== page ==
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UNFPA promotes the right of all individuals to develop to their fullest potential. To exercise this right, all people, especially women, need access to information and services on reproductive health, including family planning and sexual health, to enable them to make informed and voluntary choices and decisions. As reflected in our mission statement, the Fund “supports countries in using population data for policies and programmes to reduce poverty and to ensure that every pregnancy is wanted, every birth is safe, every young person is free of HIV/AIDS, and every girl and woman is treated with dignity and respect.”

What is the UNFPA mandate?

The mandate of UNFPA, as established by the United Nations Economic and Social Council (ECOSOC) in 1973 and reaffirmed in 1993, is (1) to build the knowledge and the capacity to respond to needs in population and family planning; (2) to promote awareness in both developed and developing countries of population problems and possible strategies to deal with these problems; (3) to assist their population problems in the forms and means best suited to the individual countries' needs; (4) to assume a leading role in the United Nations system in promoting population programmes, and to coordinate projects supported by the Fund.

At the International Conference on Population and Development (Cairo, 1994) these broad ideas were fleshed out in greater detail and developed to give more emphasis to the gender and human rights dimensions of population issues. UNFPA was given the lead role in helping countries carry out the Programme of Action, which was adopted by 179 governments at the Cairo Conference. Subsequent international agreements at ICPD+5, the Millennium Summit (2000) and the World Summit (2005) have linked UNFPA’s mandate with specific, time-bound goals, and given greater emphasis to the Fund’s role in HIV prevention and poverty reduction.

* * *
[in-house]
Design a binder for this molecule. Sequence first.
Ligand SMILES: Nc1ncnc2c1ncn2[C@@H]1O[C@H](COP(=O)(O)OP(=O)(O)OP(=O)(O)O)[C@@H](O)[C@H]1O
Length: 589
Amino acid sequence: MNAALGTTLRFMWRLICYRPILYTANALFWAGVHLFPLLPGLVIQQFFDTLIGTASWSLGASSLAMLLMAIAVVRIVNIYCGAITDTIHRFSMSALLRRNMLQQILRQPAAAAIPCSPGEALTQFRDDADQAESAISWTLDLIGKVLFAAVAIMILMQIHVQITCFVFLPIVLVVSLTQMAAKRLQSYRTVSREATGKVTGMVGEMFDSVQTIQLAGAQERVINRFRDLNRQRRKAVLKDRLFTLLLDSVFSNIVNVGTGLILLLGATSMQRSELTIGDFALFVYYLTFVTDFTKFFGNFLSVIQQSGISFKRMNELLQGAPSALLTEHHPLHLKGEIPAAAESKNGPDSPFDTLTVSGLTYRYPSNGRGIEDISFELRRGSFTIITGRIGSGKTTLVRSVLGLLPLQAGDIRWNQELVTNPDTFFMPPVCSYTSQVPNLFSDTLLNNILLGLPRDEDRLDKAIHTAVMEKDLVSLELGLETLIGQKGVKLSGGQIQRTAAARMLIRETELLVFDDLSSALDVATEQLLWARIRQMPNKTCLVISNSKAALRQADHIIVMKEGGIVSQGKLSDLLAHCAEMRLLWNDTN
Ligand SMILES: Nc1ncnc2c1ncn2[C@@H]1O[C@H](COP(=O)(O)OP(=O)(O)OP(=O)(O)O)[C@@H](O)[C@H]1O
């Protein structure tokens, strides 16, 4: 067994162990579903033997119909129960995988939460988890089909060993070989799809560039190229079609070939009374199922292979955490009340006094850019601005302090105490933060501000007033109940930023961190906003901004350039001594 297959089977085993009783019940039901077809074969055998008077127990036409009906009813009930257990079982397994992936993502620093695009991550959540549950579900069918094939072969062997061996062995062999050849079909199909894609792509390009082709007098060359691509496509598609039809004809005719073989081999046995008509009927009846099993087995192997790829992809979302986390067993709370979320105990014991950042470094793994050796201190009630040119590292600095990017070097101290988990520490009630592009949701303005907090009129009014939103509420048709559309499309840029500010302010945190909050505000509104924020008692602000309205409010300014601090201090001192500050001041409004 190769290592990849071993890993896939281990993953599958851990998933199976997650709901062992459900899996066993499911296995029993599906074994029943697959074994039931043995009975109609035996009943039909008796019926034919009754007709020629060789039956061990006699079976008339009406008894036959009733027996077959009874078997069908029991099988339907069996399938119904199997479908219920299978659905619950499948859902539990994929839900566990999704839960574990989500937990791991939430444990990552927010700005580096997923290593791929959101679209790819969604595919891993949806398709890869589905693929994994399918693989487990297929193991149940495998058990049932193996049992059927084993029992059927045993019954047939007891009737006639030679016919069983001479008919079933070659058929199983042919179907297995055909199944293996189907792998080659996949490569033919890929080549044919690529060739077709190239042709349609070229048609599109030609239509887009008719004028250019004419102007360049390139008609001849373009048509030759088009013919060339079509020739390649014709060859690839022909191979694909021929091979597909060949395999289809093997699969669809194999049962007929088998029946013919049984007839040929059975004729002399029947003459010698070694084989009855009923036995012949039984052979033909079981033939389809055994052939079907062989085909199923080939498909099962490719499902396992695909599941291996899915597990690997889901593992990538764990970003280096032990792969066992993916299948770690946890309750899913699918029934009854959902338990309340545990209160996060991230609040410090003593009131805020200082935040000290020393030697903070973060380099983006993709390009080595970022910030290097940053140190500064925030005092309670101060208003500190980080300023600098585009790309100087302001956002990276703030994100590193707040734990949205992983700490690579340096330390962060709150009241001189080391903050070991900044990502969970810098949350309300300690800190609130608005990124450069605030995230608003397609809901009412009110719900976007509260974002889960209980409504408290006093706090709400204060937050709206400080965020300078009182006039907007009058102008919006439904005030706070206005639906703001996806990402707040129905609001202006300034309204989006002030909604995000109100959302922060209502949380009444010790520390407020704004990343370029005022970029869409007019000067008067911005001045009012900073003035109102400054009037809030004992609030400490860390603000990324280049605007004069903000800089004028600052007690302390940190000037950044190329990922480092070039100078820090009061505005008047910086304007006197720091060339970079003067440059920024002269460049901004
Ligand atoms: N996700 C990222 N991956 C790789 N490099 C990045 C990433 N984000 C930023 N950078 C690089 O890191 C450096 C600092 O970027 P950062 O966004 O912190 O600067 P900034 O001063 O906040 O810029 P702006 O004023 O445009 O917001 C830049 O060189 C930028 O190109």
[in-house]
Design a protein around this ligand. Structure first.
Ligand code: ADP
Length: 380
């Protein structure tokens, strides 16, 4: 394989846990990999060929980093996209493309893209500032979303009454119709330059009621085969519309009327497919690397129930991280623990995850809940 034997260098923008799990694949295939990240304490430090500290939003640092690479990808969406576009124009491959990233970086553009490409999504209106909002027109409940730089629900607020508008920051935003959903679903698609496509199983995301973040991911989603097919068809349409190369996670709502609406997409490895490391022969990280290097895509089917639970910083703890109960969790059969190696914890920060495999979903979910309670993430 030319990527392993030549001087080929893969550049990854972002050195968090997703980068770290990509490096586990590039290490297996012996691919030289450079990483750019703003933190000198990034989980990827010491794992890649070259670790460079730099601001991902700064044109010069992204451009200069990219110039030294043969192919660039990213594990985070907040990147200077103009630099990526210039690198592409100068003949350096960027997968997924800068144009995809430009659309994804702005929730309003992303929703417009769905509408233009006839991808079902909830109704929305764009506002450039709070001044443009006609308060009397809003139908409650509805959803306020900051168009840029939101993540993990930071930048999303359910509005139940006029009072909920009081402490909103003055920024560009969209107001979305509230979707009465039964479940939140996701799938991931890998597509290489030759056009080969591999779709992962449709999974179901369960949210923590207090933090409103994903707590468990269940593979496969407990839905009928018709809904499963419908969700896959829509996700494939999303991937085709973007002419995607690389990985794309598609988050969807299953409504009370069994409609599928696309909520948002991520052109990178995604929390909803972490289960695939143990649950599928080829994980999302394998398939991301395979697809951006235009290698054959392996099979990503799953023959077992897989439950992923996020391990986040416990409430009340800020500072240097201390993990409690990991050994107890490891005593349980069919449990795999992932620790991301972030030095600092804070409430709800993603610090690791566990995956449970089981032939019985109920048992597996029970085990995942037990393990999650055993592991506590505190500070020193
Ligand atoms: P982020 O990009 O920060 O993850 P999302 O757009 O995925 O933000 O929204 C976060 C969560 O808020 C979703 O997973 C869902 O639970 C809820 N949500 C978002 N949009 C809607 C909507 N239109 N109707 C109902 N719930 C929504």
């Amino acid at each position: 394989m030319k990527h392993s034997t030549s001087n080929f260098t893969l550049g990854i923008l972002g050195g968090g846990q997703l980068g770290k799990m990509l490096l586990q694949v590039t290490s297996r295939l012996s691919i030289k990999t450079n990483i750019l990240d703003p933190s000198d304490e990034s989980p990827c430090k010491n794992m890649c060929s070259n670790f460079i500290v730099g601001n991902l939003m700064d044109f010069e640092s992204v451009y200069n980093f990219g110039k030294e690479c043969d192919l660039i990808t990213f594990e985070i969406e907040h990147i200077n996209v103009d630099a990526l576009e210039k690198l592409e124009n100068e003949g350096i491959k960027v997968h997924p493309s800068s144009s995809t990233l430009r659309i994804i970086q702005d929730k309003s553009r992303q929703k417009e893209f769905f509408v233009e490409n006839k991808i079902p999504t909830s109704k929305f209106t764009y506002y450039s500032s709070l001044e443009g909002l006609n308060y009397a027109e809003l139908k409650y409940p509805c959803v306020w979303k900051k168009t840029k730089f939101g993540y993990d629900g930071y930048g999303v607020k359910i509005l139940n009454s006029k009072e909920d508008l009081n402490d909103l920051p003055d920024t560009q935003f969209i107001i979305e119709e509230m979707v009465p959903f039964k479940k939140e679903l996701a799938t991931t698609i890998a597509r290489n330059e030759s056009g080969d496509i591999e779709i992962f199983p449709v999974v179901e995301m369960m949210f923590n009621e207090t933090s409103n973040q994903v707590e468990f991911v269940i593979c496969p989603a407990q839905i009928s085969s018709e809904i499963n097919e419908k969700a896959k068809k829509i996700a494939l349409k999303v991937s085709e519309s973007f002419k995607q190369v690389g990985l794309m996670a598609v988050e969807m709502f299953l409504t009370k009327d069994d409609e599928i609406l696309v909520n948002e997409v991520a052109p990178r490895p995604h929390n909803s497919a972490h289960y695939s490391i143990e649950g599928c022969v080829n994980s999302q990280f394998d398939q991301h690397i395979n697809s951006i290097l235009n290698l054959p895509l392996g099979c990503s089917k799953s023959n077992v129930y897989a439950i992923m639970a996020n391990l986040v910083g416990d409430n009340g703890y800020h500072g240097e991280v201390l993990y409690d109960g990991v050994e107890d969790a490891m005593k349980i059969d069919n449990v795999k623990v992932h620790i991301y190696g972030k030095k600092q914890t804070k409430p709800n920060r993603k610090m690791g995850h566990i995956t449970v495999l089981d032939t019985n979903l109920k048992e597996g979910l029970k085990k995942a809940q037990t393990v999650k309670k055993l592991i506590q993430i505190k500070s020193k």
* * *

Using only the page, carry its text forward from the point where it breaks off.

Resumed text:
The three key areas of the UNFPA mandate -- reproductive health, gender equality and population and development strategies -- are summarized in itsMission Statement.

What does UNFPA stand for?

The United Nations Fund for Population Activities was established as a trust fund in 1967 and began funding population programmes in 1969. In 1987, it was officially renamed the United Nations Population Fund, reflecting its lead role in the UN system in the area of population. The original abbreviation, UNFPA, was retained.

For general communications, UNFPA is used as the Fund’s working title in all languages. The full name is spelled out after the first reference. Official UN documents use the full written out name.


The population in oPt was 4.8 million (2,881,957 persons in the West Bank and 1,899,291 persons in the Gaza Strip).  With the population growth rate of 2.8 per cent, it is projected to grow to 6.9 million by 2030.

Population growth rates will remain high despite expected reductions in the Total Fertility Rate (TFR), currently at 4.06 (MOH Annual Report Cites 4.4 TFR, according to PCBS) CHILDREN PER WOMAN

One-third of the Palestinian population is youth, and they are expected to account for 28 per cent in 2030. More than half of them live in Area (C) close to the apartheid wall and the settlements: the percentage of individuals (15-29 years) of 2017 in the West Bank was 29.0% compared to 29.5% in Gaza Strip

According to the data of the Population, Housing and Establishments Census 2017, the percentage of households headed by youth (15-29 years) in Palestine was 14.9% (13.9% in the West Bank and 16.5% in Gaza Strip).